As our health care system undergoes a fundamental transformation, we find innumerable variations in the structure, resources, and incentives that provide natural experiments for judging the effects on patient outcomes and the health system as a whole. Although we can expect these natural experiments to eventually produce voluminous data, at this time there is much more conjecture and hypothesis than knowledge about the effects of variations in the organization of services. The first task is to outline some of the more salient variations in the organization of services and incentives and to describe their effects on the provision of mental health services in primary care.47
The most basic distinction is between fee-for-service, capitated, and salaried clinicians. Within each of these general categories lies an enormous set of variations.
Salaried clinicians represent the simplest category: these people have no incentive to diagnose and manage mental disorders, but neither do they have an incentive to avoid doing so. A complicated or extended patient visit can be accommodated by displacement of subsequent patient visits without financial penalty—unless, of course, the employer controls the scheduling or sets the visit rates. Here we might see high variation in practice style across clinicians, according to their interest in mental health issues and especially according to the productivity incentives that are attached to their basic salaries.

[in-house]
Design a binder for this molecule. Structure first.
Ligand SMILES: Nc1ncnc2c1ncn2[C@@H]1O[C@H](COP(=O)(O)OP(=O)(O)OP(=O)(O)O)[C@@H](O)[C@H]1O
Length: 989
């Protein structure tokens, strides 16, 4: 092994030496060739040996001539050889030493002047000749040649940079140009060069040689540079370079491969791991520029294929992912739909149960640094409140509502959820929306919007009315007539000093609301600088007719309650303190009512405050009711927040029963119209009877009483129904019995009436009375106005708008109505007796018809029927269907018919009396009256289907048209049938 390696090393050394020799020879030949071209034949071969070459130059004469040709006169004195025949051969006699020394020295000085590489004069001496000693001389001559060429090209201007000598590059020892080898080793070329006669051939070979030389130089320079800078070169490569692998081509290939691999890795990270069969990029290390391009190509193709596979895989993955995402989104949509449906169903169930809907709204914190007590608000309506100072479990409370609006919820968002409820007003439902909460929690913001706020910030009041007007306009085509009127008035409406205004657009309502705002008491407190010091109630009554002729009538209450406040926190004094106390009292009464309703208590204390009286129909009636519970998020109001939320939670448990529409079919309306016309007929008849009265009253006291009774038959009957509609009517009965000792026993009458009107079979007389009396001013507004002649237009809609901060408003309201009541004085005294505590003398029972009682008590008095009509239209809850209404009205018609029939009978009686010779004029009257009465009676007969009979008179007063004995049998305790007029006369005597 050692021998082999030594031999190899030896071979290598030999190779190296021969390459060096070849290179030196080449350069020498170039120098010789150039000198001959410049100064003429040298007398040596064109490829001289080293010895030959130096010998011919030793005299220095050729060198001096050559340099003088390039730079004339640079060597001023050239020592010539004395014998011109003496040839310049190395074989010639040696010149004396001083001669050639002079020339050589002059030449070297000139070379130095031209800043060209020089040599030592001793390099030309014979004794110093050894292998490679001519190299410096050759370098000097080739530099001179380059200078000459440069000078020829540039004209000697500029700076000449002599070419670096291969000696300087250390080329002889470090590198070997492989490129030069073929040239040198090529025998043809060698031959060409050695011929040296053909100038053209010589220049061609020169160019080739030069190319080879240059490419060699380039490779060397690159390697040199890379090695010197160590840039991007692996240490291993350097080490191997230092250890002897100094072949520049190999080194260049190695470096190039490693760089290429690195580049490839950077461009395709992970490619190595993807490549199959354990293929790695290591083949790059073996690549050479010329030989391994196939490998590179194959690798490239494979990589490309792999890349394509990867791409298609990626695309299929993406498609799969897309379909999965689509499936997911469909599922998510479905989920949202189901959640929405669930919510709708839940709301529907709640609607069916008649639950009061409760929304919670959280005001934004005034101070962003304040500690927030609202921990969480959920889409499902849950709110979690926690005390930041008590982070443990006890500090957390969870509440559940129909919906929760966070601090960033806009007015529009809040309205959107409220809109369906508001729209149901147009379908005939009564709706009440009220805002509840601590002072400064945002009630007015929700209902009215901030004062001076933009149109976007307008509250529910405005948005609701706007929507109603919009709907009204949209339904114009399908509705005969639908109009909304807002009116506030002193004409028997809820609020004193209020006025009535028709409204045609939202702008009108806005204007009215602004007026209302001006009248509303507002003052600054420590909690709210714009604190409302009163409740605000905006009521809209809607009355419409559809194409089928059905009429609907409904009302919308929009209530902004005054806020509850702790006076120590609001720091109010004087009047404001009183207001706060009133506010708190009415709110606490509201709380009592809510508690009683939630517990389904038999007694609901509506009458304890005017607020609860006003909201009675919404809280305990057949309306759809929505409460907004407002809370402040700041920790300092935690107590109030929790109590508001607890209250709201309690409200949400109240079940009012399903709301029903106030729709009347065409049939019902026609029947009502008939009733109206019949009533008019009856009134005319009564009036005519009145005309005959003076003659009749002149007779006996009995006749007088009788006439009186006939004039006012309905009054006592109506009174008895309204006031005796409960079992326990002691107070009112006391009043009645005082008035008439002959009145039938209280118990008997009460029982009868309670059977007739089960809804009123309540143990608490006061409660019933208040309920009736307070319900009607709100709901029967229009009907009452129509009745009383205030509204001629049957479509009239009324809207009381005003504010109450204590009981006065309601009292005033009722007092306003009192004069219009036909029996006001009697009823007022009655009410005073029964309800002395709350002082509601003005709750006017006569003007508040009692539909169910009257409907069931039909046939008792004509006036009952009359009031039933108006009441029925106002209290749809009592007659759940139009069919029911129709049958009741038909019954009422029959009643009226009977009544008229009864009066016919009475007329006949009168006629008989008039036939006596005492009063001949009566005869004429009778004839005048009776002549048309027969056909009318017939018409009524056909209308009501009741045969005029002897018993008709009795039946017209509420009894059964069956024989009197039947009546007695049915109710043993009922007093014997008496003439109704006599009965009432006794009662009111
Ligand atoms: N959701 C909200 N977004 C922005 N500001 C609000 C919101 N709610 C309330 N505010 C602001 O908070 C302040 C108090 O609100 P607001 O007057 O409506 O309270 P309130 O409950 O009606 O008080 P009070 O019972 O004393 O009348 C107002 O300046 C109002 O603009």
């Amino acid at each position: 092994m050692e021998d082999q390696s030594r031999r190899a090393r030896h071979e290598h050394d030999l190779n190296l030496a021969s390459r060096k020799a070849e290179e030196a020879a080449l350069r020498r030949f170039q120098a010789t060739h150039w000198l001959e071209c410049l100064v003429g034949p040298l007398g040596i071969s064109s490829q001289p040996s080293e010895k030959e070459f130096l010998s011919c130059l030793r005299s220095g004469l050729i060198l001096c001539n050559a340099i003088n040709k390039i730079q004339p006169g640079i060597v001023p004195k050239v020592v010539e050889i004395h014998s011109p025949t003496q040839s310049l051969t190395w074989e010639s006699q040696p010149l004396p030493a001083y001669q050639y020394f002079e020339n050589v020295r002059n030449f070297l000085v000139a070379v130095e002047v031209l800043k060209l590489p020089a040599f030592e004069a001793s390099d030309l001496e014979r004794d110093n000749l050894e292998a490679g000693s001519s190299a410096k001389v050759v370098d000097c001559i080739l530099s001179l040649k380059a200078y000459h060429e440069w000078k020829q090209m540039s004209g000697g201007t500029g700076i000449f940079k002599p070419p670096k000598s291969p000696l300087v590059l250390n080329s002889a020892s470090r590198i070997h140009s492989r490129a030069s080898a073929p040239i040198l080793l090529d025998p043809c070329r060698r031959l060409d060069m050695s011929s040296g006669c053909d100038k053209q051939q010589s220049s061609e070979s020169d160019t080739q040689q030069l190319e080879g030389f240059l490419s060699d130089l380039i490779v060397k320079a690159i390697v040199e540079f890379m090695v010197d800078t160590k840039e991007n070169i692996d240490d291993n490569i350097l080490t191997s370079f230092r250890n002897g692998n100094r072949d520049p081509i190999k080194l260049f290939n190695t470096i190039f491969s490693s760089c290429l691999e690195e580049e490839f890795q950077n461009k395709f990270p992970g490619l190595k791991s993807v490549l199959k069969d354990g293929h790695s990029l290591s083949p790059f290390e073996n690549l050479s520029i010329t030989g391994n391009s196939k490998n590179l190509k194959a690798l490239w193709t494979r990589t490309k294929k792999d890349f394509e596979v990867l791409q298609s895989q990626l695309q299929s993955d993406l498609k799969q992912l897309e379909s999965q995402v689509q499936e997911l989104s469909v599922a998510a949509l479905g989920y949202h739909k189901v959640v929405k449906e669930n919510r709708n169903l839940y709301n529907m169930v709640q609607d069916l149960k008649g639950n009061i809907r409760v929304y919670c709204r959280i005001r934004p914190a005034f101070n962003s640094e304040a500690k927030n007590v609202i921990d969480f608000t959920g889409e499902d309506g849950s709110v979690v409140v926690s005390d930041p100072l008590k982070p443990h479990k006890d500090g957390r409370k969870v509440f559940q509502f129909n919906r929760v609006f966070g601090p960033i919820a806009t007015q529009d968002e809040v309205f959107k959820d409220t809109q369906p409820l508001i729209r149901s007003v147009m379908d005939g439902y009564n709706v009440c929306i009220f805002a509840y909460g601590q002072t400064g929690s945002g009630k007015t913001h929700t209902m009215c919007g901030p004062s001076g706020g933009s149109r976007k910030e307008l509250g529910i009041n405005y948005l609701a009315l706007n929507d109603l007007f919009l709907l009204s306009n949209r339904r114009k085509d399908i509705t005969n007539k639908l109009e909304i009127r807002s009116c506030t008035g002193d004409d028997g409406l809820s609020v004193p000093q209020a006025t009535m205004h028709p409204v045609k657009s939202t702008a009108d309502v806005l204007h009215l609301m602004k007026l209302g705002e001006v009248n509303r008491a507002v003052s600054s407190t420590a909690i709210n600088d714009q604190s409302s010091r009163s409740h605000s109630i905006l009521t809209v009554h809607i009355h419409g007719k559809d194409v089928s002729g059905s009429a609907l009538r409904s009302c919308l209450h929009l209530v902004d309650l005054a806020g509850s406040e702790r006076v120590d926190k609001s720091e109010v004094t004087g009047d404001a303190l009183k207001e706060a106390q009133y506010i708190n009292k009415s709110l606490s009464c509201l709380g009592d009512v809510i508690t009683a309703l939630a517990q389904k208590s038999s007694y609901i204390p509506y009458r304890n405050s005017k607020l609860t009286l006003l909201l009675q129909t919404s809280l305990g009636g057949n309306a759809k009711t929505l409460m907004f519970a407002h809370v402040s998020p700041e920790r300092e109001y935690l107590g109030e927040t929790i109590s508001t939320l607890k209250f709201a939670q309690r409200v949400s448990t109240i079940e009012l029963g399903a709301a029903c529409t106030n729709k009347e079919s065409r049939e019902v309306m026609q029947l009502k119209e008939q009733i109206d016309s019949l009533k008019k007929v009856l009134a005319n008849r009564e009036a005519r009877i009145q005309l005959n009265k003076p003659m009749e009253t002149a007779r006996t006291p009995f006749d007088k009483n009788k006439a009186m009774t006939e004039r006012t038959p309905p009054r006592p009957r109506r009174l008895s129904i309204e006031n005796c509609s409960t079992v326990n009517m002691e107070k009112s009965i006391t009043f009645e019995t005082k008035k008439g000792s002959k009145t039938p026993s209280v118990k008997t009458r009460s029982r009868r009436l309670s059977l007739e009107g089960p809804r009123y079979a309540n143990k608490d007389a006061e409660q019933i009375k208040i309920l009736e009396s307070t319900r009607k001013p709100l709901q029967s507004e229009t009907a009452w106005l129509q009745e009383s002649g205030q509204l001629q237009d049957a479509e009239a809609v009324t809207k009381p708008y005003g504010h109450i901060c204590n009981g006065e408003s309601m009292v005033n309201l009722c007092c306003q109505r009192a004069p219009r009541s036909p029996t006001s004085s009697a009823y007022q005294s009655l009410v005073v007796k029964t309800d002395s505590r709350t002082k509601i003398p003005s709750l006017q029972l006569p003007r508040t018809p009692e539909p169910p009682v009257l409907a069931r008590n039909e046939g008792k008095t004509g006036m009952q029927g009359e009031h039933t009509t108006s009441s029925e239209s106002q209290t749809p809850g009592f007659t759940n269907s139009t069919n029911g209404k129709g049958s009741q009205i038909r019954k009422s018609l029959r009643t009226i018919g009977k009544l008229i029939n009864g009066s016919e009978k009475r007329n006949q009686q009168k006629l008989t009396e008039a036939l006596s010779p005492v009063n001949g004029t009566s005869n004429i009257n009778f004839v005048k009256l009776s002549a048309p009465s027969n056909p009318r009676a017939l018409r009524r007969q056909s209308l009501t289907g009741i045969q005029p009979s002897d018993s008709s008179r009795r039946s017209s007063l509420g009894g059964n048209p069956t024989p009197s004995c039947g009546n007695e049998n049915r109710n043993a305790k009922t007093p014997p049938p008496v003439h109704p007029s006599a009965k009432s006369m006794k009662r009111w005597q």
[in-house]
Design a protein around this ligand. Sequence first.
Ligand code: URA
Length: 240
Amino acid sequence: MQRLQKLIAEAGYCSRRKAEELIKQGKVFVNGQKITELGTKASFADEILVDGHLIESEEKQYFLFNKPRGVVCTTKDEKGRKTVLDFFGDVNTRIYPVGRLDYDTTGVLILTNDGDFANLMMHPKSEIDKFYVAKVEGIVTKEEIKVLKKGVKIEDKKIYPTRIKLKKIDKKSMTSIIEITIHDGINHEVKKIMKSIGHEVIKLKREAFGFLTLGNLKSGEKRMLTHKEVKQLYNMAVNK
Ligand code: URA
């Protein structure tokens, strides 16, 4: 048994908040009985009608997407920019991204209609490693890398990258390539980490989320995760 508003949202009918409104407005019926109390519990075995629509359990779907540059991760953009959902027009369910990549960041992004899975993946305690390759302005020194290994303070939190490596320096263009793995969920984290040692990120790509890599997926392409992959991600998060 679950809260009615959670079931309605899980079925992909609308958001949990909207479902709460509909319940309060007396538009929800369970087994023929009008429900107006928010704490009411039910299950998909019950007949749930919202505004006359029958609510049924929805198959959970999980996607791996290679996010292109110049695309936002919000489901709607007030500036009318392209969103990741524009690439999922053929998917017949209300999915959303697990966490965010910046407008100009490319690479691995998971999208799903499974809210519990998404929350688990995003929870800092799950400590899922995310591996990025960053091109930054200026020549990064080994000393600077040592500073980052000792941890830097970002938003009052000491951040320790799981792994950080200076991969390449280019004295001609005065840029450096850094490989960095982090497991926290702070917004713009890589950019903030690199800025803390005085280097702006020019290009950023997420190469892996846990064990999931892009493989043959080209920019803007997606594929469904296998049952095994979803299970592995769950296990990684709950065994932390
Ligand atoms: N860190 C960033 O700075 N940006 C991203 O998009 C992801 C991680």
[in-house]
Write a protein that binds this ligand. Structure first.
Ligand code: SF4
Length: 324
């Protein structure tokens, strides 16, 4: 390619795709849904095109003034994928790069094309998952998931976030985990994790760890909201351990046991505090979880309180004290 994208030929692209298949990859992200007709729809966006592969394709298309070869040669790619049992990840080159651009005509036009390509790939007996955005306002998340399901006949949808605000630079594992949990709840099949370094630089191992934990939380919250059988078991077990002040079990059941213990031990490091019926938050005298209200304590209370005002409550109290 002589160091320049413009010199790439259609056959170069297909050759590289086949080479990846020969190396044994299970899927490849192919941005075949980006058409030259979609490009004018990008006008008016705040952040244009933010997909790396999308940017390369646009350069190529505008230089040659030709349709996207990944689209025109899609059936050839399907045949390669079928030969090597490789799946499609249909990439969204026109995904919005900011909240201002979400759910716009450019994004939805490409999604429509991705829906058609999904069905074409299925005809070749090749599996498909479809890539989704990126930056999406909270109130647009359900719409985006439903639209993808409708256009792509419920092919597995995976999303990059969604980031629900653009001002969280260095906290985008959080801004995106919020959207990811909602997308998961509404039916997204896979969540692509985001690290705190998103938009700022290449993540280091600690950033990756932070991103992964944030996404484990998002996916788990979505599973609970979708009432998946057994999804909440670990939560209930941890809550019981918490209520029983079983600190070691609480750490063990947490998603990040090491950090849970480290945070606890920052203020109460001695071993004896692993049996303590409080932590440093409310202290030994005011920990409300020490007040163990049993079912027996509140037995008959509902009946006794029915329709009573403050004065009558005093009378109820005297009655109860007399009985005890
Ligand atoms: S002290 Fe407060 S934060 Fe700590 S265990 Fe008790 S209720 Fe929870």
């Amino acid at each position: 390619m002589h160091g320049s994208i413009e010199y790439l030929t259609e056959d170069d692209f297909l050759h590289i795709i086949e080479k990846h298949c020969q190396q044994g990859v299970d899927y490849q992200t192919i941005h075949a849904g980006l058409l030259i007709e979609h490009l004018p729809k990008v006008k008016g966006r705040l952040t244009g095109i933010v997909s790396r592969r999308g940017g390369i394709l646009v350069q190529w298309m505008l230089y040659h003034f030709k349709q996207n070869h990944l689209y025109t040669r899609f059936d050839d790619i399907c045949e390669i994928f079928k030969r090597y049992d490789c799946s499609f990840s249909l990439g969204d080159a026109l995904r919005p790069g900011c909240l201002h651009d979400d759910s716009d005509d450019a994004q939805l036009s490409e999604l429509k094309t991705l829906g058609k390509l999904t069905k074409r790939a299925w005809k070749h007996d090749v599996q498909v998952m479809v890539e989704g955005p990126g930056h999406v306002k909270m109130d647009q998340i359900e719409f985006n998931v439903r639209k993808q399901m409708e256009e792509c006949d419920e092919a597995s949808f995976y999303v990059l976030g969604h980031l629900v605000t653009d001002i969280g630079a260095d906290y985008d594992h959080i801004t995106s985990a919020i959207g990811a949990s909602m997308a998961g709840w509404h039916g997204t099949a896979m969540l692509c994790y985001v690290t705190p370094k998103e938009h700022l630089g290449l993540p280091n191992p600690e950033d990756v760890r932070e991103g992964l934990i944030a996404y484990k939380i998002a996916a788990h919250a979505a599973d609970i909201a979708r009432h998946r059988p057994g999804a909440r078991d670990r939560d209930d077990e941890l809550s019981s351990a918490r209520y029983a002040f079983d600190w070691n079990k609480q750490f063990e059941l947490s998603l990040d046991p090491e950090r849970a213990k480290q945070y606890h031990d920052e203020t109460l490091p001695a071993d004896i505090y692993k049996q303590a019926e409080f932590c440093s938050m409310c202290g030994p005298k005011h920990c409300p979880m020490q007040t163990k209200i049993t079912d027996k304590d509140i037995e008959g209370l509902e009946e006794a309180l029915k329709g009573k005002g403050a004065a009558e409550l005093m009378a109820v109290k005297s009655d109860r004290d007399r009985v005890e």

Two features characterize clinicians working under a fee-for-service system: the first is that the system itself is disappearing, particularly for primary care providers. The second is that the effects on the provision of mental health services depend entirely upon what fees are paid for which services. If mental diagnoses are not reimbursable codes, then primary care physicians have no financial incentive to identify, refer, or treat these conditions. If the fee-for-service structure favors procedures over time-intensive talking work, as it has in almost all cases in the past, then again clinicians will be motivated to ignore or avoid mental diagnoses and, when this is not possible, to refer patients having them elsewhere. If the amount of time spent and the complexity of problems addressed are the bases for reimbursement, as they have recently become in the Medicare Resource-based Relative-Value Scale system, then the incentive tips somewhat toward the identification and management of mental disorders. At this point I have located no evidence that addresses the actual effect of this change.